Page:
And who were all these past stars they interviewed? Michel Platini? Never heard of him, mate, but we'll listen anyway as he looked good in his prime.
The humour was sublime and one sketch which always sticks in our memory featured a wild Liverpool fan stuck in a timewarp of past successes being restrained by a photo of great player, but terrible 90s manager Graeme Souness.
Unfortunately, we found it impossible to find anything online about the show. However, this was purely down to us thinking the show was called Sick as a Parrot - which, it turns out, was a curious children's crossword puzzle show.
Once we had the correct name firmly ensconced in our memory it was time to investigate. Only a few clips exist online, so we headed straight for the BFI who hold copies of the entire series. Donning our scarf and football rattle we sat down to watch the very first episode.
The first thing that struck us was the depth of intelligence at play. Aimed at the teen market, it was remarkably clever and not like any other contemporary football TV shows. It's fair to say that the show appealed to much more than a teenage demographic as, even now, we couldn't help soaking it all up.
Simon O'Brien is indicative of the new face of the terraces. He's got the hair and look of your typical scally, but there's a deep love and respect for the game at his heart. And not a Stanley knife in sight.
Sure, you could mistake him for someone in an indie band, but the connection between football and music in the 90s got bigger and bigger as the decade went on. Oasis loved Manchester City, Damon Albarn was always seen at Stamford Bridge and who remembers that little ditty Three Lions?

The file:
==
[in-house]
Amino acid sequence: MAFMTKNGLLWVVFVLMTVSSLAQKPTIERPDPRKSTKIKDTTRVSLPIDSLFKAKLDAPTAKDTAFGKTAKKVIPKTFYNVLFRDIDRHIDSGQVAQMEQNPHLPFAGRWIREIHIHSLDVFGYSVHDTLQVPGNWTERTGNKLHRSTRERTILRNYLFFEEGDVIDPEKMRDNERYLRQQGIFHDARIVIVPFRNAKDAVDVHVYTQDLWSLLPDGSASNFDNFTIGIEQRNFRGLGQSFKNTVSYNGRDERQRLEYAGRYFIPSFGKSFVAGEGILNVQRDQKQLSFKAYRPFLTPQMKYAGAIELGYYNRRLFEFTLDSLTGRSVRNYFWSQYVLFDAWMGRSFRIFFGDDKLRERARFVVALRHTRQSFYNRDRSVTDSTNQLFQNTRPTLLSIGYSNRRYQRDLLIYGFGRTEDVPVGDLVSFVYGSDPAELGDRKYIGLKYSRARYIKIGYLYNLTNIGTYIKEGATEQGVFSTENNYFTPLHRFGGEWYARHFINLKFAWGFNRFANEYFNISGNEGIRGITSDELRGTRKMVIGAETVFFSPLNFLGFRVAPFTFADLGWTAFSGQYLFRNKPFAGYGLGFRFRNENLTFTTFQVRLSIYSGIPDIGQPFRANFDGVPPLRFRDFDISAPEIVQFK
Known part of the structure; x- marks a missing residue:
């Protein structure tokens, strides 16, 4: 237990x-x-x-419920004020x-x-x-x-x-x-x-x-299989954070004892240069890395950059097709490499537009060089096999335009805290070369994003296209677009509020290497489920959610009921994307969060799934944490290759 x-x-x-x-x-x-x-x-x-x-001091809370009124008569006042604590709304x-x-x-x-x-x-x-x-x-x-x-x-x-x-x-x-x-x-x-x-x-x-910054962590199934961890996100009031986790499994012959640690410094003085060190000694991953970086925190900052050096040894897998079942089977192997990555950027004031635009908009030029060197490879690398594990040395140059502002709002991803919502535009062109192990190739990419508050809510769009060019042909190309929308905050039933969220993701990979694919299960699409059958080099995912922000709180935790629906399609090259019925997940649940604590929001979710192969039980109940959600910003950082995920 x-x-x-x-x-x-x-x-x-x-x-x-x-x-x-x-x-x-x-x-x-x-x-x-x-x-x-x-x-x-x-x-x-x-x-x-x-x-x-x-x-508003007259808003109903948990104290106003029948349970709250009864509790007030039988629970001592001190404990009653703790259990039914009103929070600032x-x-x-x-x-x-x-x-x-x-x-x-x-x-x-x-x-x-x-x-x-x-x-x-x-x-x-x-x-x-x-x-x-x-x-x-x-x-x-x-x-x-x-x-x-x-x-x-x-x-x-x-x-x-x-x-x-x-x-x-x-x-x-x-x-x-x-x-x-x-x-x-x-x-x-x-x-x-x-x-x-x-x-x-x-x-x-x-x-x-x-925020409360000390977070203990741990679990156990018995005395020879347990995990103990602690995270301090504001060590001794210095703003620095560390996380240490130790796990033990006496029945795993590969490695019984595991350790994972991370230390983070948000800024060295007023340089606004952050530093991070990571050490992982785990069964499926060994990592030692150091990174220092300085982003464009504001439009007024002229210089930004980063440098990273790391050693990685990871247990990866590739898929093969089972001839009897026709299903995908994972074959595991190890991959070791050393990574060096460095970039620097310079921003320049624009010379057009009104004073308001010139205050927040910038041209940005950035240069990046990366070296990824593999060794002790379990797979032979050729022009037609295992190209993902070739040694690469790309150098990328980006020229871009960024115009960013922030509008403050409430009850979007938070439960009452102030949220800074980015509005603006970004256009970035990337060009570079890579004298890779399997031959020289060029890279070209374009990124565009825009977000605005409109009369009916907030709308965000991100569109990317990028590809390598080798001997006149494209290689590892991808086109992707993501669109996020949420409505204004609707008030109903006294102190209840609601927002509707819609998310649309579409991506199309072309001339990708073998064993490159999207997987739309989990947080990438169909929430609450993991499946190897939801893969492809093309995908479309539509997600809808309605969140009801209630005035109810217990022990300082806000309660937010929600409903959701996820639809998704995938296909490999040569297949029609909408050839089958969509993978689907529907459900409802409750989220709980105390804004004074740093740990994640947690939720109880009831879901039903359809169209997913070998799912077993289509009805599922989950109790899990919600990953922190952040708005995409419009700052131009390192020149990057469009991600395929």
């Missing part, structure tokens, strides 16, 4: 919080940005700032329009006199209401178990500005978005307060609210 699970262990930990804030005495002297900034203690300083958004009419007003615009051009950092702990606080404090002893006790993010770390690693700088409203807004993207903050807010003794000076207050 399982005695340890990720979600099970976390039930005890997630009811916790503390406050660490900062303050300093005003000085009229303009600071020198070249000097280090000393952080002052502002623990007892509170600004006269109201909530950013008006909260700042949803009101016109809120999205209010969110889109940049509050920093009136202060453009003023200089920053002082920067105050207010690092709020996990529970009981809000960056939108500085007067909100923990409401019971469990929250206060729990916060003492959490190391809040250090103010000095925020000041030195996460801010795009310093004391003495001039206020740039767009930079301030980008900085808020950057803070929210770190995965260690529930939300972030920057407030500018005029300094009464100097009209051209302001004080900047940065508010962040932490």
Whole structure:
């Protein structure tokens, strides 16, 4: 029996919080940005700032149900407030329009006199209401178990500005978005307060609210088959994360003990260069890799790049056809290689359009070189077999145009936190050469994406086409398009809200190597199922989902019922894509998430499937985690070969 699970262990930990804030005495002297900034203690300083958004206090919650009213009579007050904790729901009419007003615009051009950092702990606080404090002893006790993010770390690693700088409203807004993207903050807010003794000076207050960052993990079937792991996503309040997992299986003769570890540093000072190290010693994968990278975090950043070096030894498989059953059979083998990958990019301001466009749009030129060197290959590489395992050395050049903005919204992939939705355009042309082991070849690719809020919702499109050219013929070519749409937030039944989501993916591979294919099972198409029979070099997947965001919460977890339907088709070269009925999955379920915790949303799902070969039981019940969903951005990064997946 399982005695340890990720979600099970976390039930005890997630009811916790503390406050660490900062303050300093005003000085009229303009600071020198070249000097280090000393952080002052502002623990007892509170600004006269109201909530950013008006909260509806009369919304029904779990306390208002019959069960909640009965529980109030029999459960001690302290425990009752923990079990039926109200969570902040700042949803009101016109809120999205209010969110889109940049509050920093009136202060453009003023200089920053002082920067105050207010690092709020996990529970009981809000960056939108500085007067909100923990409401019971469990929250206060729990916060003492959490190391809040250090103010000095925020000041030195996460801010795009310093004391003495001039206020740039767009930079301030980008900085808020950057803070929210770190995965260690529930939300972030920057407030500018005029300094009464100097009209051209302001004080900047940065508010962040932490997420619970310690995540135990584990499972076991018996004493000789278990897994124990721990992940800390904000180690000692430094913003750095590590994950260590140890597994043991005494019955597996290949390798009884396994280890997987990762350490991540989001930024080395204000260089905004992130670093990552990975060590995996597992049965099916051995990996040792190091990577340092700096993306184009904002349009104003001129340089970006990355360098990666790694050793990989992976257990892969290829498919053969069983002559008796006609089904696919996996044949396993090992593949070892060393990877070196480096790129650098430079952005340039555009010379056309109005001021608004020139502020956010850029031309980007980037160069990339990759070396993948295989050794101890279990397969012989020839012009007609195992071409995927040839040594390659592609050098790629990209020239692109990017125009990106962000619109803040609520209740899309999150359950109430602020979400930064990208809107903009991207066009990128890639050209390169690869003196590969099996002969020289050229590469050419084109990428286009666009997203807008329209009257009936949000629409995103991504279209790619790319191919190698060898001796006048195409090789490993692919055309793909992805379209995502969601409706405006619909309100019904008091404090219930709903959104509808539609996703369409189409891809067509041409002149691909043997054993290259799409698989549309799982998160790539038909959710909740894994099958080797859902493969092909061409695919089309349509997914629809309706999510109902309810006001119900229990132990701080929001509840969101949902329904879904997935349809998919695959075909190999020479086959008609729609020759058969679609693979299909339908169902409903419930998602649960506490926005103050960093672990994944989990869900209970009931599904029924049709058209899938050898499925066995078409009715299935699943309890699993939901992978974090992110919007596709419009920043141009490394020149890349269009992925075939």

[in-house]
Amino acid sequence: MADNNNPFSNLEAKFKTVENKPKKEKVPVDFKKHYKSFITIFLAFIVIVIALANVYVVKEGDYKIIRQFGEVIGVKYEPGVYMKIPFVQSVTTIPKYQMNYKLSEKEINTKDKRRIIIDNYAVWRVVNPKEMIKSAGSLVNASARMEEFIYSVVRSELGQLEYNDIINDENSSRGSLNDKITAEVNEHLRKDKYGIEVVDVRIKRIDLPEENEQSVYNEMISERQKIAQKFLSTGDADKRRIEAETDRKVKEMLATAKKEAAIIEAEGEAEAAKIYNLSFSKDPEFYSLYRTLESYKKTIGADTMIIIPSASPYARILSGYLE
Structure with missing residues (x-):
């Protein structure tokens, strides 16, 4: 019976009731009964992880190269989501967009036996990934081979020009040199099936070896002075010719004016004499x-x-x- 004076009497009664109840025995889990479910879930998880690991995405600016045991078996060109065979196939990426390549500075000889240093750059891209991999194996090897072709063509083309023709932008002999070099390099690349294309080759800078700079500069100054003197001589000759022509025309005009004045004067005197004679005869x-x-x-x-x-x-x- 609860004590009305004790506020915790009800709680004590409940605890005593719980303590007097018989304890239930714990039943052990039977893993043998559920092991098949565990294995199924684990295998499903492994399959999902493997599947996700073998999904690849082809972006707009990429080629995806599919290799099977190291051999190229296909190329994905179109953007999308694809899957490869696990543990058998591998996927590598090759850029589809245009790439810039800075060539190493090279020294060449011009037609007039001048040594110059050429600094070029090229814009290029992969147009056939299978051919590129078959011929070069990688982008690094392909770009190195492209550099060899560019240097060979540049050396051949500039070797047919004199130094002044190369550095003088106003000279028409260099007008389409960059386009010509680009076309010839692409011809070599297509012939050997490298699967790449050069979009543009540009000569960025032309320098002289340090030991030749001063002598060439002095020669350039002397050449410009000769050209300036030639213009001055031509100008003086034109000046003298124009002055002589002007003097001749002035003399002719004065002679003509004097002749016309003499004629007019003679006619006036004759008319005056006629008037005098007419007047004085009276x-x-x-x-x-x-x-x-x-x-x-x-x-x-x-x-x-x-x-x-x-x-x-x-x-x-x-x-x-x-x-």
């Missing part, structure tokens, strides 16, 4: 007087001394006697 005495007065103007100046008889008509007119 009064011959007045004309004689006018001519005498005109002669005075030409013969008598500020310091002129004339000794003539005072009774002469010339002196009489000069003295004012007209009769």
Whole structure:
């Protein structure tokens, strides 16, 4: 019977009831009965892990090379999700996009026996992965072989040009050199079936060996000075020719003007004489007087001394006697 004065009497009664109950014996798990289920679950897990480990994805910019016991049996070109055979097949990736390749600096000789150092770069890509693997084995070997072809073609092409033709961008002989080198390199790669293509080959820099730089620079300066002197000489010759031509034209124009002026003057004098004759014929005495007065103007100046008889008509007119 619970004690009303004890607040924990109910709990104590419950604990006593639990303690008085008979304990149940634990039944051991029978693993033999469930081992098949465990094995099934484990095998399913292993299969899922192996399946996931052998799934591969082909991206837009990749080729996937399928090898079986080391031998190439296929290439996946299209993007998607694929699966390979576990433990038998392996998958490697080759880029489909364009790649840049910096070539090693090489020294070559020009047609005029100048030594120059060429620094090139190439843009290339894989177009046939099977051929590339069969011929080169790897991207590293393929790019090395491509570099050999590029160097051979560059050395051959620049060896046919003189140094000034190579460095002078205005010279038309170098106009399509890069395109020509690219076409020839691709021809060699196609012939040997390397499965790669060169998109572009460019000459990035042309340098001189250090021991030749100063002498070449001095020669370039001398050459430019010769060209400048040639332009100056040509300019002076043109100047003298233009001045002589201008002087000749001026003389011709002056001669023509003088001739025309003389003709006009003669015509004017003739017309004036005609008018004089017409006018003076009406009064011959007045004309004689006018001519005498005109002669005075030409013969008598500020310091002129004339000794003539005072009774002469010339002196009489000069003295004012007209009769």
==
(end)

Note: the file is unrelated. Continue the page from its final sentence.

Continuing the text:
Giving fans the chance to voice their views is a great feature and one that - radio aside - had been sadly lacking on TV. It was further evidence of the desire to unleash the passion previously limited to the confines of fanzines and the terraces. And the Fan Stand and Supporterloo sections kept that DIY ethos of fanzines alive and well.
The humour, although 20 years old, still holds relevance as it battles the establishment and sums up the highs and lows of being a fan. Quirky little features such as 'Screen Gems' which showed clips of footballers trying, but failing are also timeless in their hilariousness.
Post Match Analysis
Standing Room Only was an amazingly cool show which mixed the laddish love of football with a deep and insightful analysis of the romance behind being a football fan. Football's a funny old game, but the cultural impact it's had on the planet can't be underestimated and contains such depth that a thoughtful analysis is always appreciated.
Three series is a great run for any TV show, but why did it stop just as football was starting to explode into the billion dollar industry it now is? It's a real shame as there hasn't been anything like it since. Fantasy Football League was a similarly magnificicent show, but that was purely rooted in the realms of comedy.
We've had enough of Sky's Monday Night Football and Match of the Day. We want something that's going to make us think and look at the bigger issues in football rather than Goal of the Month.
Someone commission it now!
And please get in touch if you have any recordings of the series!